Tax Consultant Carter Backer Winter
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Two £5,000 penalties for breaking SAO rules

An innocent oversight on an organisation chart of a complex group led to £5,000 penalties being levied on the senior accounting officer and on the company that was omitted.
17th Mar 2020
Tax Consultant Carter Backer Winter
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Castlelaw (No.628) Ltd (Castlelaw), a dormant company along with Mrs Douglas, the senior accounting officer (SAO), appealed to first tier tribunal (FTT) against the two £5,000 penalties issued under FA 2009 sch 46 'Duties of Senior Accounting Officers of Qualifying Companies'. 

The SAO regime

The SAO regime applies to UK incorporated companies with a turnover of more than £200m or a relevant balance sheet total of more than £2bn for the preceding financial year. Notification to HMRC detailing who the SAO is must be made by the qualifying company, which can include a dormant company even with no tax liabilities which is a member of a group that meets the above criteria. 

A dormant company with no tax liabilities can fall within the SAO regime even if there are no accounting arrangements required. Castlelaw was part of DC Thomson and Company Ltd (the group) of nearly 100 other companies. 

The role of an SAO

The individual should take reasonable steps to ensure the company establishes and maintains appropriate tax accounting arrangements, which includes maintaining accounting records and to accurately calculate the company's relevant liabilities. The SAO will monitor accounting arrangements and identify inappropriate ones. The annual certificate will detail whether appropriate tax accounting arrangements had been achieved including any shortcomings.  

Relationship with HMRC

The group was part of the SAO regime since its introduction in 2009. Douglas maintained regular communications with the customer relationship manager from HMRC, to have a framework of openness and collaboration and to reduce the level of tax compliance risk.    

The group has nearly 100 companies and five SAO's. Douglas was the SAO for 33 companies as well as the group SAO. Castlelaw was one of 20 dormant companies within the group.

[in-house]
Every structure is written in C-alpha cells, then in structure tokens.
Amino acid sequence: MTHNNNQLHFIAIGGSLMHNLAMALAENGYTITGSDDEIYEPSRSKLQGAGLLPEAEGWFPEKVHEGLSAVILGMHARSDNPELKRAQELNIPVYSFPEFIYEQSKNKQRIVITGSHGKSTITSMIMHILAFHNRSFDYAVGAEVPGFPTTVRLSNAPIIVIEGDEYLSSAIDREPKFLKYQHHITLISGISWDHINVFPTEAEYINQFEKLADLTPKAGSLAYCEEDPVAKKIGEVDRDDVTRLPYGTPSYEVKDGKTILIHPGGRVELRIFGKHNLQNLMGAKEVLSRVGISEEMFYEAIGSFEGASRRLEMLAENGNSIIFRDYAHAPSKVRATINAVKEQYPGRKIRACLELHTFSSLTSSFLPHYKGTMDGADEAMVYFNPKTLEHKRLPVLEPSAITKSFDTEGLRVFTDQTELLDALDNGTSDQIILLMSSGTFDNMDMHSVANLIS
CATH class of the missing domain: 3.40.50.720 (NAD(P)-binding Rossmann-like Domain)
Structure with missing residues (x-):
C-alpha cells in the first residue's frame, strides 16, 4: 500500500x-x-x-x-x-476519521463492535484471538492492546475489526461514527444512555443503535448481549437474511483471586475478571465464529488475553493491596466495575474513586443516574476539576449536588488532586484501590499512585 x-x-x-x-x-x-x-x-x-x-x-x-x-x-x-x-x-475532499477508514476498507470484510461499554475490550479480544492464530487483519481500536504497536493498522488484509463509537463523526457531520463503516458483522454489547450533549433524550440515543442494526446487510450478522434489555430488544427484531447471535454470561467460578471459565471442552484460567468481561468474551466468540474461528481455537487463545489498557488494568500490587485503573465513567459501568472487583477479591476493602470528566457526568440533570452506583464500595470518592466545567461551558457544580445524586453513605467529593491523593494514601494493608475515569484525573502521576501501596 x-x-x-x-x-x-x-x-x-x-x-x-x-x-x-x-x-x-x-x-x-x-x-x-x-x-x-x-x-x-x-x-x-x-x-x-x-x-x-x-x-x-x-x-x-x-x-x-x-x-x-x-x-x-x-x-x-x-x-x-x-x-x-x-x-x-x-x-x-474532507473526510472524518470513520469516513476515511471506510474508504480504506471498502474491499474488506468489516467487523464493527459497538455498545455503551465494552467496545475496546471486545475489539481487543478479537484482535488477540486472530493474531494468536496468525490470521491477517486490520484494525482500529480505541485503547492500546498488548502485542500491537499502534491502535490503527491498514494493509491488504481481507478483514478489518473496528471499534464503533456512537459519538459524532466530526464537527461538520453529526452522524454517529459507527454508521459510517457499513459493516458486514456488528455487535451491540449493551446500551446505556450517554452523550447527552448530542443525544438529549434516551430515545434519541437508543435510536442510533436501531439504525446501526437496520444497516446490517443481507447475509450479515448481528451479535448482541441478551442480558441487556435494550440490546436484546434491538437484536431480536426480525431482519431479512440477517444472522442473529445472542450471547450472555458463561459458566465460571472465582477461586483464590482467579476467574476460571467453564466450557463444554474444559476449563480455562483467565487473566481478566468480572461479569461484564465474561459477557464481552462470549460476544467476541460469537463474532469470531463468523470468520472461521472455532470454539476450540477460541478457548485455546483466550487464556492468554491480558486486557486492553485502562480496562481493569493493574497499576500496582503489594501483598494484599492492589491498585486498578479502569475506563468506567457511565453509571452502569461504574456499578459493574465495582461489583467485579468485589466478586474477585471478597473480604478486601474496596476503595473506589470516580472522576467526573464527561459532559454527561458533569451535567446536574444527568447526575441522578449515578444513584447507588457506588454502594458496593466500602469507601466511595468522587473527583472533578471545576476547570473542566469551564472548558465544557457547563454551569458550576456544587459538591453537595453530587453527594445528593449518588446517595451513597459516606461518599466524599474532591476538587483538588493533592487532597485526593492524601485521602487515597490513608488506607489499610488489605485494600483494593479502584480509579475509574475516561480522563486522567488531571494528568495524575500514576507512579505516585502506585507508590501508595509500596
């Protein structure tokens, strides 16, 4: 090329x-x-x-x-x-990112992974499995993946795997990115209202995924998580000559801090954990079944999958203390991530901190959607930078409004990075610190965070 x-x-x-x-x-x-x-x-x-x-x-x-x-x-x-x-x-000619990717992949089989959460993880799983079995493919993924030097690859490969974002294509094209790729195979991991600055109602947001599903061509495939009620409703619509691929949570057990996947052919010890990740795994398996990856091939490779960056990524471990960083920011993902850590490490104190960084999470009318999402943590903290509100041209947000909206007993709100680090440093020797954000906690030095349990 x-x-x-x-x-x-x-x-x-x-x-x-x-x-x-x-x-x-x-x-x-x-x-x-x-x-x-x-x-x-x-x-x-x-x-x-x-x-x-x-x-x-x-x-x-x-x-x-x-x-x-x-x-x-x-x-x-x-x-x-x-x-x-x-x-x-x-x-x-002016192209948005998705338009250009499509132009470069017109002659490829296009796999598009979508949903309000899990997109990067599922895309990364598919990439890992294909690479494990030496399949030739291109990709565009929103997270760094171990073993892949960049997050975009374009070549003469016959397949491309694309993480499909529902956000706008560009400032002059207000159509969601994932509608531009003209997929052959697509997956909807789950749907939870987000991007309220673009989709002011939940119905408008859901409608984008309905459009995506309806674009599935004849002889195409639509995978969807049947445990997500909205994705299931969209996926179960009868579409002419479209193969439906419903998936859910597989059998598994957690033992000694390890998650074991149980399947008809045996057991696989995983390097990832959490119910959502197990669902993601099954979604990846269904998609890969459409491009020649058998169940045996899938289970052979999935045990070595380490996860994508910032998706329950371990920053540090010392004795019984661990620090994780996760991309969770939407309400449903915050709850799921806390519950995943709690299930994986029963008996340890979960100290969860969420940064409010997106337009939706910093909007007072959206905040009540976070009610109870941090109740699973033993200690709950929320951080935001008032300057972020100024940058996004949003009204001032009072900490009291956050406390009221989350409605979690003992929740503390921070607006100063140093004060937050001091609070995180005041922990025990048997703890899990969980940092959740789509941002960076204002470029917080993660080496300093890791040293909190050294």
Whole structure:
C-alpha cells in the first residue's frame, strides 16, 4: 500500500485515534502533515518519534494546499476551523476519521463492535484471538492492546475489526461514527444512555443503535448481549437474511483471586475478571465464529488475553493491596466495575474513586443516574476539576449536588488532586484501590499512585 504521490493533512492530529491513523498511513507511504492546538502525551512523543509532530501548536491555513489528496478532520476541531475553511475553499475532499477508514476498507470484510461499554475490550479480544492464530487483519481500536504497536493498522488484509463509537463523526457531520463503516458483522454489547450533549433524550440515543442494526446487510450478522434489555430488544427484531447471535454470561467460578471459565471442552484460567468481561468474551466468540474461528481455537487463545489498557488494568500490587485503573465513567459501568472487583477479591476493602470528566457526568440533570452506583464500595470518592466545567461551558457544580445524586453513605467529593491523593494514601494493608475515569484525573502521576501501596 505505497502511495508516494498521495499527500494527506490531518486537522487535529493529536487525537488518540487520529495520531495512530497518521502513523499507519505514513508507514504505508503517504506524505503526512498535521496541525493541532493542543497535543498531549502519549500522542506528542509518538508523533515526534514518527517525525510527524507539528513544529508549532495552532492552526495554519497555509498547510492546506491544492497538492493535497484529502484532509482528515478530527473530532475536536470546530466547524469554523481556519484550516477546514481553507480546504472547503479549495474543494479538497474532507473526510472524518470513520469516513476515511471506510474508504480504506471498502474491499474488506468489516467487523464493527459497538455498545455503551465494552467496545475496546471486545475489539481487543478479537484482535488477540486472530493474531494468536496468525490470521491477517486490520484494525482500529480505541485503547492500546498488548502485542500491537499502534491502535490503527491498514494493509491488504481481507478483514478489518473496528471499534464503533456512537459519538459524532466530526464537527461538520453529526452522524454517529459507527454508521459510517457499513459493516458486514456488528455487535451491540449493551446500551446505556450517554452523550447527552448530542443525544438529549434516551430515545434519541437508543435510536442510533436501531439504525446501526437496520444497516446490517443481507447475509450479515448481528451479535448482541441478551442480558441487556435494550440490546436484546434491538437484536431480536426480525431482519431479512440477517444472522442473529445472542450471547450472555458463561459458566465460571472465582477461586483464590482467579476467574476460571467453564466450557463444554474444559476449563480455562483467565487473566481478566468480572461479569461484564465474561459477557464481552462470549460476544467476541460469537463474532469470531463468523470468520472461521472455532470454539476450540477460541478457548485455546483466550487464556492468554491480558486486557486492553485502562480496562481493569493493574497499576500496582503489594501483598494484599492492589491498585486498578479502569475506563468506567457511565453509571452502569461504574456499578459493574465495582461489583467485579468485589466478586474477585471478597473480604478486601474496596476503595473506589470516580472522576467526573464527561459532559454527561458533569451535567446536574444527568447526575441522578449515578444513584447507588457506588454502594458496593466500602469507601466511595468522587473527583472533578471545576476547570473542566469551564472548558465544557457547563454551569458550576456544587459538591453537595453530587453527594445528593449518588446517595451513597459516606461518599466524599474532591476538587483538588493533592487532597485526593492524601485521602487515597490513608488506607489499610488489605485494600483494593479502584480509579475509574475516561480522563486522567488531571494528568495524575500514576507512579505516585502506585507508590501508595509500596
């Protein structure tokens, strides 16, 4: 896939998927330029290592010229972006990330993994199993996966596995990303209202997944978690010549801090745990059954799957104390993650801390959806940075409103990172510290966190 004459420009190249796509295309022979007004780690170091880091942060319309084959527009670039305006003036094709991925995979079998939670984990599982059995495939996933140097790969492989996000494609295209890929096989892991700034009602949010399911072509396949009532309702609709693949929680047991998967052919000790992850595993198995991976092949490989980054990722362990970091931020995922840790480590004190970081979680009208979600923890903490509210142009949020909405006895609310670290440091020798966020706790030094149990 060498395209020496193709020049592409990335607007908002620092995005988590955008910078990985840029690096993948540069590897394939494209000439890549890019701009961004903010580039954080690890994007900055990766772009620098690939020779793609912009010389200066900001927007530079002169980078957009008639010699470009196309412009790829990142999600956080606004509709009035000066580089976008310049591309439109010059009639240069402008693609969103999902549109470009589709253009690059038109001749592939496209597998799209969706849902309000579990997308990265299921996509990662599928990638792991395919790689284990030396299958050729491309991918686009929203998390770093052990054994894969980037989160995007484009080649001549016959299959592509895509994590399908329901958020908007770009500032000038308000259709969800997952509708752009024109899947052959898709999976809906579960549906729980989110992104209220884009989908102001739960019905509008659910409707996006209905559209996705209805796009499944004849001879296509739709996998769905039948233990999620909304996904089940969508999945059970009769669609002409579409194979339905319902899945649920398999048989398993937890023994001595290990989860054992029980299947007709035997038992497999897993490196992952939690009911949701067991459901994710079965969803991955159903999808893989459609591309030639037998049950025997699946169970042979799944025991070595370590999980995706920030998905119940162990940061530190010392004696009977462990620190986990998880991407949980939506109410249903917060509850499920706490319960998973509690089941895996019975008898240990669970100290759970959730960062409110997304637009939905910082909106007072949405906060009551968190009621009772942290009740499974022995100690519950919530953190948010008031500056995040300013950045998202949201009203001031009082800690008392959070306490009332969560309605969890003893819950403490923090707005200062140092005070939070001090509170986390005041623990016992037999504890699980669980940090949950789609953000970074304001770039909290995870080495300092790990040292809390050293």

Omission of the company and SAO

In October 2016 the group organisation chart supplied by Douglas to HMRC failed to specify four companies (two dormant), including the Castlelaw. Douglas explained that when preparing the chart the company had inadvertently been removed. After HMRC highlighted this in January 2017, a revised group chart was supplied in April 2017. This was the first time that omissions had been made for the company and SAO. 

HMRC stated that a comparison of the previous year’s notifications would have highlighted the missing companies.  


The FTT hearing had to determine whether the penalties were correct according to the legislation for both the company and SAO. If the penalties were issued correctly, the Judge needed to establish whether there was a valid reasonable excuse regarding the failures. The excuses provided included:

  • the dormancy of the company;
  • the amount of penalty levied was disproportionate, and 
  • the innocent oversight.

HMRC stated that the notification and certificate were not submitted on time after the failure was identified. In a previous upper tier tribunal case it was determined that a delay of around two months was seen as not remedying the failure without unreasonable delay after the excuse ceased.  


The notification failed to report four companies (two were outside of the regime). In a group situation, within the regime it is not possible to issue more than one penalty per SAO or group for failure across all the group companies.  

The Judge compared the penalty regime to other regimes and highlighted the differences with SAO:

  • the penalty assessed under SAO is discretionary.
  • the penalty is fixed at £5,000 and any changes is vested with the Treasury.
  • there is no provision for a special reduction.

The only discretion HMRC can exercise is whether to assess the SAO penalty even if the conditions to assess have been met.  


The conditions within the SAO regime were met, therefore HMRC had the discretion to levy the fixed penalties. The Judge felt there was no reasonable excuse for the omission of the company and upheld the penalties.

Points to takeaway

There is a great deal of empathy for those involved with maintaining group structures; however, this case highlights the importance of carefully reviewing group structures and carrying out comparisons to previous years. Reaction to any omissions should be made as soon as possible to HMRC. This is certainly not the first SAO penalty and it won’t be the last.

An HMRC spokesperson said: “SAO penalties help ensure tax is on the boardroom agenda and promote responsible management of tax. We want to make sure tax compliance is given proper attention by a senior officer of the company. Penalties are a deterrent to qualifying companies and SAOs failing to comply with the annual requirements of the SAO provisions.”

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